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More on mediation….

And speaking of mediation….

Ken Burns was the guest on last night’s The Daily Show, and while the exchange with Jon Stewart was hardly funny it was interesting — especially Burn’s comments related to what he and other documentarians are accomplishing. Up until now, he argued, the stories and lesson of World War Two (and the Civil War and other subjects of his production company) have been “unmediated” — a wonderful use of the concept central to De Zengotita book. It also provides an possible example of why De Zengotita turned away from his Luddite inclinations, for there is much to be gained from mediating our past and present lives.

Along those lines, I have started to read Howard Becker’s Telling About Society — part methodology book, part observation about the role that representation (mostly “mediation”) plays in our lives. Perhaps more on that later….

September 28th, 2007 Posted by | Daily Show, De Zengotita, documentaries, Howard Becker, Jon Stewart, Ken Burns, media, mediation, representation, The War (documentary) | no comments


Mediated by Thomas De Zengotita can only be described as one of the more interesting and bizarre books I’ve read in quite awhile. The only way to describe it is to say that in places it was like reading a Lewis Black rant — although he doesn’t quite have Black’s comedic presentation skills when he does take the stage.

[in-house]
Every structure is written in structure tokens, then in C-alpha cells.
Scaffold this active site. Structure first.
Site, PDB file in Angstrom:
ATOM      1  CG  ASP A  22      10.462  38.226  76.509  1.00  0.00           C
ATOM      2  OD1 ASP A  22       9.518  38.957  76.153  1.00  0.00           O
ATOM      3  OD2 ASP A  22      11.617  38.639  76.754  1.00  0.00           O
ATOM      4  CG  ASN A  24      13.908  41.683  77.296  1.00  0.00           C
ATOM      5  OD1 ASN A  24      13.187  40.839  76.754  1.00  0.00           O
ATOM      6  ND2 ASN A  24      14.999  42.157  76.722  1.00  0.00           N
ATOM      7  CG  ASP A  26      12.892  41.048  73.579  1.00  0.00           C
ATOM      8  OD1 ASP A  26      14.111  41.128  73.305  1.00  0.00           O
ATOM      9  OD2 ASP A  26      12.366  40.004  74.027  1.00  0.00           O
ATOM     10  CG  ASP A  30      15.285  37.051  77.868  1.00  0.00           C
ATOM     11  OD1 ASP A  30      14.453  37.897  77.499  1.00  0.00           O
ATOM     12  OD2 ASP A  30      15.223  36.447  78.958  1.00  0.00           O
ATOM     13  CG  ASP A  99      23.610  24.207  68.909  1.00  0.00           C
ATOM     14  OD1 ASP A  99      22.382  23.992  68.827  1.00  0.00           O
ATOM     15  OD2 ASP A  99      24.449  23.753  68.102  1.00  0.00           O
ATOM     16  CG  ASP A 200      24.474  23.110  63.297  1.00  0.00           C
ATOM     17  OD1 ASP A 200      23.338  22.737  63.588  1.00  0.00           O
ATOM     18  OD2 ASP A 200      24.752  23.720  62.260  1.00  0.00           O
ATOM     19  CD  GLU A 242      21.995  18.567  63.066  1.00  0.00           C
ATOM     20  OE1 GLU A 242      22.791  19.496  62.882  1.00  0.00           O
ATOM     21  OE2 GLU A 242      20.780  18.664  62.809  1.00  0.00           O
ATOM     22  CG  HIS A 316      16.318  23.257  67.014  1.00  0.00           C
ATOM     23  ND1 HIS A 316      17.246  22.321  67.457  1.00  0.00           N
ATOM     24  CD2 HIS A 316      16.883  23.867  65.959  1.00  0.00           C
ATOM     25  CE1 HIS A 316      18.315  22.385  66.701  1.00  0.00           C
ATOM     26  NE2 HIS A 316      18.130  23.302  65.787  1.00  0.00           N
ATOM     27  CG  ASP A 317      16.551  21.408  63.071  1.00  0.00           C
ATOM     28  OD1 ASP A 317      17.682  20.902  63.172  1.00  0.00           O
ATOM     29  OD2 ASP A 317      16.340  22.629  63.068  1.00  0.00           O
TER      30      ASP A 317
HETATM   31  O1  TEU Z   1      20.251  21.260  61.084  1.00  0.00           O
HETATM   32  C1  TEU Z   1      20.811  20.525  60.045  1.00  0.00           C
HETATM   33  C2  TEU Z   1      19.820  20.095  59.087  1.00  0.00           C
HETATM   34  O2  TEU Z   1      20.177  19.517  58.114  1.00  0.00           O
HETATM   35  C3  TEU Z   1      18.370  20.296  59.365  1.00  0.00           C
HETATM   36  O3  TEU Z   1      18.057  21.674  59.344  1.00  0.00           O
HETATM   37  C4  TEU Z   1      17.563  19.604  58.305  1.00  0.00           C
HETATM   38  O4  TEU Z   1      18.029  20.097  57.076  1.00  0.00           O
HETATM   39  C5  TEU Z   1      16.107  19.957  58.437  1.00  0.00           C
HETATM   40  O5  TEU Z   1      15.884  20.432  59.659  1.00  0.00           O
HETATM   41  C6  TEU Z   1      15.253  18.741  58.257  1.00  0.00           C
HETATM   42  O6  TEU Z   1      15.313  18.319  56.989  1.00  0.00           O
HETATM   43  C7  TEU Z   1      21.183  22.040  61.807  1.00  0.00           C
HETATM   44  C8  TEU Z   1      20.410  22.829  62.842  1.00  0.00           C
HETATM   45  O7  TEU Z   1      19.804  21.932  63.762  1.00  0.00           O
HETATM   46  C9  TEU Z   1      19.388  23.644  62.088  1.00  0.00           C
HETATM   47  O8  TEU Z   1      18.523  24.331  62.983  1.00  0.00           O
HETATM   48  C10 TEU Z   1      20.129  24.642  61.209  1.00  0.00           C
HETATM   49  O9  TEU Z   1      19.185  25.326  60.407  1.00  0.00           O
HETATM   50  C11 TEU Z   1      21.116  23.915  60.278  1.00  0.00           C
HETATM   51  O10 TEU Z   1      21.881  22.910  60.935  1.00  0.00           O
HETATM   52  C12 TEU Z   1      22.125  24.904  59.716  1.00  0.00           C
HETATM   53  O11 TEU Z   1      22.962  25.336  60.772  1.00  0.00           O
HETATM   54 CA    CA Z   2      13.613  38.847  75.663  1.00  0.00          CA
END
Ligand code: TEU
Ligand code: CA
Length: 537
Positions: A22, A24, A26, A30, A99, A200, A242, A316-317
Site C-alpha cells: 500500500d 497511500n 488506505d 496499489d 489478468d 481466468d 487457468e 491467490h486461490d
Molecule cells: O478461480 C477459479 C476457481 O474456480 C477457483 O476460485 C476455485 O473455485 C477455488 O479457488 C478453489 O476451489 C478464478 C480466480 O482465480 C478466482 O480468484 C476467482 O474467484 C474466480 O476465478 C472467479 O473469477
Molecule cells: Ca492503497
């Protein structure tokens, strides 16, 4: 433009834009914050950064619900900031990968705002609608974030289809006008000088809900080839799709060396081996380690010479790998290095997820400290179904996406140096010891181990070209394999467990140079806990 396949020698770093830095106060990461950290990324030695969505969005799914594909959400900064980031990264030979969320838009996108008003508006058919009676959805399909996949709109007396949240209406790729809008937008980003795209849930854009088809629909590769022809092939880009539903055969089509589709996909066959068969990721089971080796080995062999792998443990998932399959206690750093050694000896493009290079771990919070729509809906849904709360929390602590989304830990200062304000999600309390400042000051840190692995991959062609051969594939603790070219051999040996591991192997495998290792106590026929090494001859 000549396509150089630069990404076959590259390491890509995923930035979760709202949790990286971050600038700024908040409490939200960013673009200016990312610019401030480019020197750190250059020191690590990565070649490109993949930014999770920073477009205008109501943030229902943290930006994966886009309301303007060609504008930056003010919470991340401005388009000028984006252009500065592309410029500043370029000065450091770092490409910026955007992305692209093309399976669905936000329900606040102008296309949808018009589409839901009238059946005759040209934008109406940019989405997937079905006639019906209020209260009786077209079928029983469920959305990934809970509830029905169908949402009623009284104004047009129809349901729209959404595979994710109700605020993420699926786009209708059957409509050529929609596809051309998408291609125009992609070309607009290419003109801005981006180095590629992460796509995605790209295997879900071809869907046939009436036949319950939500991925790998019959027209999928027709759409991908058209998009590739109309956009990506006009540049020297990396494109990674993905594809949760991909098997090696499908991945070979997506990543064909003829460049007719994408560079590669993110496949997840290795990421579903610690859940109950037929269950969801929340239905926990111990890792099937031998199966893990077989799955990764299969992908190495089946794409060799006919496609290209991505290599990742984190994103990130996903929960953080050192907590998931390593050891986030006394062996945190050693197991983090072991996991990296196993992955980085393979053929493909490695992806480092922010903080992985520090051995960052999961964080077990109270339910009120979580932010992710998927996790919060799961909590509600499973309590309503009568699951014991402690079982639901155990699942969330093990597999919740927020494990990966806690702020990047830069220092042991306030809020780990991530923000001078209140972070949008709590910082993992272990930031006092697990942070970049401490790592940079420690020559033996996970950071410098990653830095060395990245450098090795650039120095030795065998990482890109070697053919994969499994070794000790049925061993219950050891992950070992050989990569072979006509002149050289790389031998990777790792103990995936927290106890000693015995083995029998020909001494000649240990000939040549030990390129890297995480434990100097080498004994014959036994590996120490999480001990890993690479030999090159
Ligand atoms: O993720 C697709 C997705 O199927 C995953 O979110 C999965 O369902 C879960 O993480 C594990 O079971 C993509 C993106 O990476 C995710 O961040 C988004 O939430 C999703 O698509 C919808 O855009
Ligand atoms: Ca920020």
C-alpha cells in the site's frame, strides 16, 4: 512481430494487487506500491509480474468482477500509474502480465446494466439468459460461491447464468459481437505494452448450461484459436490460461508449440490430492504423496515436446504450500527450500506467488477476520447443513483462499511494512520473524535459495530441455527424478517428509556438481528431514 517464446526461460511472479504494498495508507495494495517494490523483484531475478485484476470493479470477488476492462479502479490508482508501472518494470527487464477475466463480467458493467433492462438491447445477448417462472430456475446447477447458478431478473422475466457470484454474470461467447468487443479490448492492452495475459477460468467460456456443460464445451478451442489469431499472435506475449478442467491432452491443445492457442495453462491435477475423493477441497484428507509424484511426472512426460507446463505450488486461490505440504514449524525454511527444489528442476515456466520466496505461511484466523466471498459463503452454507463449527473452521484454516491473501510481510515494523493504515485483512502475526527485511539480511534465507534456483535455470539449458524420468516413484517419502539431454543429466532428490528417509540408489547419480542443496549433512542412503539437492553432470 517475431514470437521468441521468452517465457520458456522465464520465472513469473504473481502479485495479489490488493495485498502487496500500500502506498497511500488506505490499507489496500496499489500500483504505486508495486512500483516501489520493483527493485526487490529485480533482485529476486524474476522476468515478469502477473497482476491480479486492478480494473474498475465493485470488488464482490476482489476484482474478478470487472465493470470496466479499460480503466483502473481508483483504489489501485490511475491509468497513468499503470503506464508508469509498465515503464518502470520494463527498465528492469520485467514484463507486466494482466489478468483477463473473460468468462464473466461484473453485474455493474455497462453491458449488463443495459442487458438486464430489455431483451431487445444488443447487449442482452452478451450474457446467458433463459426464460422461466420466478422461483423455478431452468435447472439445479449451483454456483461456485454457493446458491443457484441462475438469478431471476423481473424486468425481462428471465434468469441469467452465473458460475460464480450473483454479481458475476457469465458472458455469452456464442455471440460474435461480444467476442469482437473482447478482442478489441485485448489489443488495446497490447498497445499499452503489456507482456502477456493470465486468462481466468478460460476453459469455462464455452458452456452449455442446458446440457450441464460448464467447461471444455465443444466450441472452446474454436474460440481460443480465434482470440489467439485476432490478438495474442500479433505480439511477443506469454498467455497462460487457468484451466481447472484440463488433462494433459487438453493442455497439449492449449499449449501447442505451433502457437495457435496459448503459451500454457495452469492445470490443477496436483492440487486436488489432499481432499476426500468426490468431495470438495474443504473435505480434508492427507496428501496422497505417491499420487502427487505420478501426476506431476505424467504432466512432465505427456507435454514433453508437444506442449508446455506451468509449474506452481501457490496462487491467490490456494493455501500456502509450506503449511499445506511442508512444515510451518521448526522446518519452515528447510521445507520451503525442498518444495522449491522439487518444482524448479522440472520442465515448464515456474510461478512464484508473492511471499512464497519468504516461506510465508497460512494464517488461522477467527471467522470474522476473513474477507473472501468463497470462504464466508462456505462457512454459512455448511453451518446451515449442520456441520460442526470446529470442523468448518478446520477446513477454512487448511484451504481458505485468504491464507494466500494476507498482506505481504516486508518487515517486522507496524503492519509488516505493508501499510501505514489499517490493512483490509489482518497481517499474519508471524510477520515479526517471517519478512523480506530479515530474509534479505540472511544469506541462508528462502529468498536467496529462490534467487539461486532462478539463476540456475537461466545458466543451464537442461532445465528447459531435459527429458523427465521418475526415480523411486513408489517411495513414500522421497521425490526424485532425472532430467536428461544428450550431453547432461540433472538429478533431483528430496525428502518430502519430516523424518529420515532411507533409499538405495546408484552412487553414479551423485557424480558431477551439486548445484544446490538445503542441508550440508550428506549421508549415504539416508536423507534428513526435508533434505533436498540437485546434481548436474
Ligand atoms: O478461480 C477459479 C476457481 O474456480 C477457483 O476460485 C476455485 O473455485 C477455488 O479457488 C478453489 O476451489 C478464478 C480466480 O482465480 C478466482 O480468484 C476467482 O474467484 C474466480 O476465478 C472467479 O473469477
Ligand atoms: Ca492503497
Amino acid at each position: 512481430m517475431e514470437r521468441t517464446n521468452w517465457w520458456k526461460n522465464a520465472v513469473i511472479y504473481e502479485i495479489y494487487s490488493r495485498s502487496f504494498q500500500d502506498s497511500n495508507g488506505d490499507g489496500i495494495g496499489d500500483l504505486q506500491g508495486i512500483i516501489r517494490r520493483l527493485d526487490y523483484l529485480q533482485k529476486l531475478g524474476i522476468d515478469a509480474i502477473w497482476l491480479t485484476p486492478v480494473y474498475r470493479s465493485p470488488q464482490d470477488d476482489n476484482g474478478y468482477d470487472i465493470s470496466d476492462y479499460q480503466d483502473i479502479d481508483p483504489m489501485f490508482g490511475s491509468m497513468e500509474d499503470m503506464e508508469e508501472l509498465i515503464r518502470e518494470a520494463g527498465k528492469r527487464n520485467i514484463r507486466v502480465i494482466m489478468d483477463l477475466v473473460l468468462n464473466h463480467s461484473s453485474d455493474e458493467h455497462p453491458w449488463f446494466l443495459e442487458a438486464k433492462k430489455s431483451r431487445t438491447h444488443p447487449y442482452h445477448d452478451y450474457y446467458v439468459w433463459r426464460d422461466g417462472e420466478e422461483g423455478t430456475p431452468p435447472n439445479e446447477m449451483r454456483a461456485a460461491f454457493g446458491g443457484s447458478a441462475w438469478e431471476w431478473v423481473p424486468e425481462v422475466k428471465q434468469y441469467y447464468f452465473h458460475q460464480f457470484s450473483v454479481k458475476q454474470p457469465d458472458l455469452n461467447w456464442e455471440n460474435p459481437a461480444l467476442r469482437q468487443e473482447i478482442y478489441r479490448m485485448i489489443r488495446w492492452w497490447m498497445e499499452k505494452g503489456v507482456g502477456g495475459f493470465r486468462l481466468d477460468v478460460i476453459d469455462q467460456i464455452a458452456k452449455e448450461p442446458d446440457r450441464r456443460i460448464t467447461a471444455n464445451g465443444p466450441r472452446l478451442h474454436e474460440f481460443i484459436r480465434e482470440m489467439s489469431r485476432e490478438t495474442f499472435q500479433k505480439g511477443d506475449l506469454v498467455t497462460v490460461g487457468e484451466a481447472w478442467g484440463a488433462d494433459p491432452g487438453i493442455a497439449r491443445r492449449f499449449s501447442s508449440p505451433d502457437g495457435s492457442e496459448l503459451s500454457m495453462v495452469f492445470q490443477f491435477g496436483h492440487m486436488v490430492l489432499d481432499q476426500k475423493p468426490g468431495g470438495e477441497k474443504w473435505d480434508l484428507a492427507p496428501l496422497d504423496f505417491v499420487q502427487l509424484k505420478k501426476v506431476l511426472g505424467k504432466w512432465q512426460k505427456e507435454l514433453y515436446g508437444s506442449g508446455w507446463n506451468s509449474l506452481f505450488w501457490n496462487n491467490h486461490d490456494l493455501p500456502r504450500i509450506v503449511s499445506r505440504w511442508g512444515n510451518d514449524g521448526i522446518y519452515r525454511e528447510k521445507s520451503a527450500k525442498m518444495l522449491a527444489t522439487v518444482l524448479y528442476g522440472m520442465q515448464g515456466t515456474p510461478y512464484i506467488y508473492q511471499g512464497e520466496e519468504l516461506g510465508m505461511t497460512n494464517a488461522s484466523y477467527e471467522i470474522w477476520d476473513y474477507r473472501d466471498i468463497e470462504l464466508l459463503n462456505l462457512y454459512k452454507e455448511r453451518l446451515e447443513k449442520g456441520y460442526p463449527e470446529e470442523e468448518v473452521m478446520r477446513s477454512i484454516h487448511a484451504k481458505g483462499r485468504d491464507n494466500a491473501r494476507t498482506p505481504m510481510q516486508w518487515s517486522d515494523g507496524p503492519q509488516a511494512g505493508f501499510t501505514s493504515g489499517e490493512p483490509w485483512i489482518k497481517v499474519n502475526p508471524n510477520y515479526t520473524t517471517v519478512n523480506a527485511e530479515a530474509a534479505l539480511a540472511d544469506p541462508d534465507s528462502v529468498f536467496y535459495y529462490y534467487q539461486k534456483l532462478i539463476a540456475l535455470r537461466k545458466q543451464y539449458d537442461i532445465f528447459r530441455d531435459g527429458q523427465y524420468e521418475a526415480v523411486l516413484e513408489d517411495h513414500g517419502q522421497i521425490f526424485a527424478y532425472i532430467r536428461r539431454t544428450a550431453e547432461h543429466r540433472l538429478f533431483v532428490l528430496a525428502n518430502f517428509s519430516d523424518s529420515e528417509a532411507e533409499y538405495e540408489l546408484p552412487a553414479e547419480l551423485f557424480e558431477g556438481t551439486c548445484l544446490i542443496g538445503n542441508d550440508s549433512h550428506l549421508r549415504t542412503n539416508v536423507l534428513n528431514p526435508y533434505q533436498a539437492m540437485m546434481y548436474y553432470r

The book and his work are hyped as picking up where Marshall McLuhan left off, and he does bow in the direction of McLuhan as well as others. (Although he avoids citations or other scholarly trappings, he does note how much he owes to McLuhan “Ong, Lasch, Boorstin, Postman, Harvey, Sennett, Lapham, Gitlin, Rifkin, Rushkof, Gabler…” et al.). He clearly comes to the project with many misgivings about the postmodern “mediation” process that we are all subject to — and he hints at times that in earlier forms the book was pure Luddite “rage against the [mediating] machine”. But as it stands, the book emerges as observational, insightful and filled with resignation — this is the way it is, he implies, and in some respects it is bad but in some respects it is okay….

September 26th, 2007 Posted by | Marshall McLuhan, media, media studies, postmodernism, Thomas De Zengotita | 2 comments

Unshelving Steven Johnson….

The Wikipedia entry for Steven Berlin Johnson labels him an “American popular science author,” but anyone who has read or heard him thinks of his domain as the emerging “interface culture” — a term he applied to the title of his 1999 book which was my first introduction to his writing.